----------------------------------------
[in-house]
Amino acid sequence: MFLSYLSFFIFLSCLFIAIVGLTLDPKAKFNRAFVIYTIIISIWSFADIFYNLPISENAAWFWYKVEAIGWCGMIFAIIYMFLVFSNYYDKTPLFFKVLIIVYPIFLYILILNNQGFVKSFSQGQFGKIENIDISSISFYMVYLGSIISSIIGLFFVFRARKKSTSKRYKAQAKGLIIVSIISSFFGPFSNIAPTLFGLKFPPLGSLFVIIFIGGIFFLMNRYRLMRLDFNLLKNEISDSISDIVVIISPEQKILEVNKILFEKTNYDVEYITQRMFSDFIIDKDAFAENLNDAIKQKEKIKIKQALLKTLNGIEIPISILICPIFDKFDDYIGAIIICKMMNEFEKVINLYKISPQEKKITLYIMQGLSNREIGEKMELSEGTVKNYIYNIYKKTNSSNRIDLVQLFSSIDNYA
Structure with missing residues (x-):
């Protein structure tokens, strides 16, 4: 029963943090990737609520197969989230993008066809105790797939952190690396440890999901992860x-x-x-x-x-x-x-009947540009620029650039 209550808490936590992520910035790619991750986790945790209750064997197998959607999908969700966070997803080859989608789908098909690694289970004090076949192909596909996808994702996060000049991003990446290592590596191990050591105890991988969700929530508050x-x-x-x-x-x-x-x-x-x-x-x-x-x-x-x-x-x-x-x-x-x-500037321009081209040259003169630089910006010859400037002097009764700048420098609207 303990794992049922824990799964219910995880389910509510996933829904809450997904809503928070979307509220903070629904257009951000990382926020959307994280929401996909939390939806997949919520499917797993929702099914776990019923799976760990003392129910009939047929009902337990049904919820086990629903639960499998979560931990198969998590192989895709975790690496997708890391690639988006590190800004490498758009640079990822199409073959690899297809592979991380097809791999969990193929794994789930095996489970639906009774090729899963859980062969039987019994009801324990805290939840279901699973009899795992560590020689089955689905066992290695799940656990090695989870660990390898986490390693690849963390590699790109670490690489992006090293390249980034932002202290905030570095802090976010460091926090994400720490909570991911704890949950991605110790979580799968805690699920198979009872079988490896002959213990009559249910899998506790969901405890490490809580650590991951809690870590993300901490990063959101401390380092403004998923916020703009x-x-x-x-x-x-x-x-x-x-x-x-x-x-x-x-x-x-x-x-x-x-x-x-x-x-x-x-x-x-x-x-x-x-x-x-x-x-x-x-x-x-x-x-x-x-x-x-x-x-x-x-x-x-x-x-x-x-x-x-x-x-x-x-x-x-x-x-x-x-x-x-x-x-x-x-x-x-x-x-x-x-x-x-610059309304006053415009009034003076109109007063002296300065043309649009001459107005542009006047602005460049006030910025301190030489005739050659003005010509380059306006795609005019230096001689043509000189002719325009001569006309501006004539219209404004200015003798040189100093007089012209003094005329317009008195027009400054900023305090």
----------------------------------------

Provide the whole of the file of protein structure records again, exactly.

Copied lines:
[in-house]
Amino acid sequence: MFLSYLSFFIFLSCLFIAIVGLTLDPKAKFNRAFVIYTIIISIWSFADIFYNLPISENAAWFWYKVEAIGWCGMIFAIIYMFLVFSNYYDKTPLFFKVLIIVYPIFLYILILNNQGFVKSFSQGQFGKIENIDISSISFYMVYLGSIISSIIGLFFVFRARKKSTSKRYKAQAKGLIIVSIISSFFGPFSNIAPTLFGLKFPPLGSLFVIIFIGGIFFLMNRYRLMRLDFNLLKNEISDSISDIVVIISPEQKILEVNKILFEKTNYDVEYITQRMFSDFIIDKDAFAENLNDAIKQKEKIKIKQALLKTLNGIEIPISILICPIFDKFDDYIGAIIICKMMNEFEKVINLYKISPQEKKITLYIMQGLSNREIGEKMELSEGTVKNYIYNIYKKTNSSNRIDLVQLFSSIDNYA
Structure with missing residues (x-):
């Protein structure tokens, strides 16, 4: 029963943090990737609520197969989230993008066809105790797939952190690396440890999901992860x-x-x-x-x-x-x-009947540009620029650039 209550808490936590992520910035790619991750986790945790209750064997197998959607999908969700966070997803080859989608789908098909690694289970004090076949192909596909996808994702996060000049991003990446290592590596191990050591105890991988969700929530508050x-x-x-x-x-x-x-x-x-x-x-x-x-x-x-x-x-x-x-x-x-x-500037321009081209040259003169630089910006010859400037002097009764700048420098609207 303990794992049922824990799964219910995880389910509510996933829904809450997904809503928070979307509220903070629904257009951000990382926020959307994280929401996909939390939806997949919520499917797993929702099914776990019923799976760990003392129910009939047929009902337990049904919820086990629903639960499998979560931990198969998590192989895709975790690496997708890391690639988006590190800004490498758009640079990822199409073959690899297809592979991380097809791999969990193929794994789930095996489970639906009774090729899963859980062969039987019994009801324990805290939840279901699973009899795992560590020689089955689905066992290695799940656990090695989870660990390898986490390693690849963390590699790109670490690489992006090293390249980034932002202290905030570095802090976010460091926090994400720490909570991911704890949950991605110790979580799968805690699920198979009872079988490896002959213990009559249910899998506790969901405890490490809580650590991951809690870590993300901490990063959101401390380092403004998923916020703009x-x-x-x-x-x-x-x-x-x-x-x-x-x-x-x-x-x-x-x-x-x-x-x-x-x-x-x-x-x-x-x-x-x-x-x-x-x-x-x-x-x-x-x-x-x-x-x-x-x-x-x-x-x-x-x-x-x-x-x-x-x-x-x-x-x-x-x-x-x-x-x-x-x-x-x-x-x-x-x-x-x-x-x-610059309304006053415009009034003076109109007063002296300065043309649009001459107005542009006047602005460049006030910025301190030489005739050659003005010509380059306006795609005019230096001689043509000189002719325009001569006309501006004539219209404004200015003798040189100093007089012209003094005329317009008195027009400054900023305090």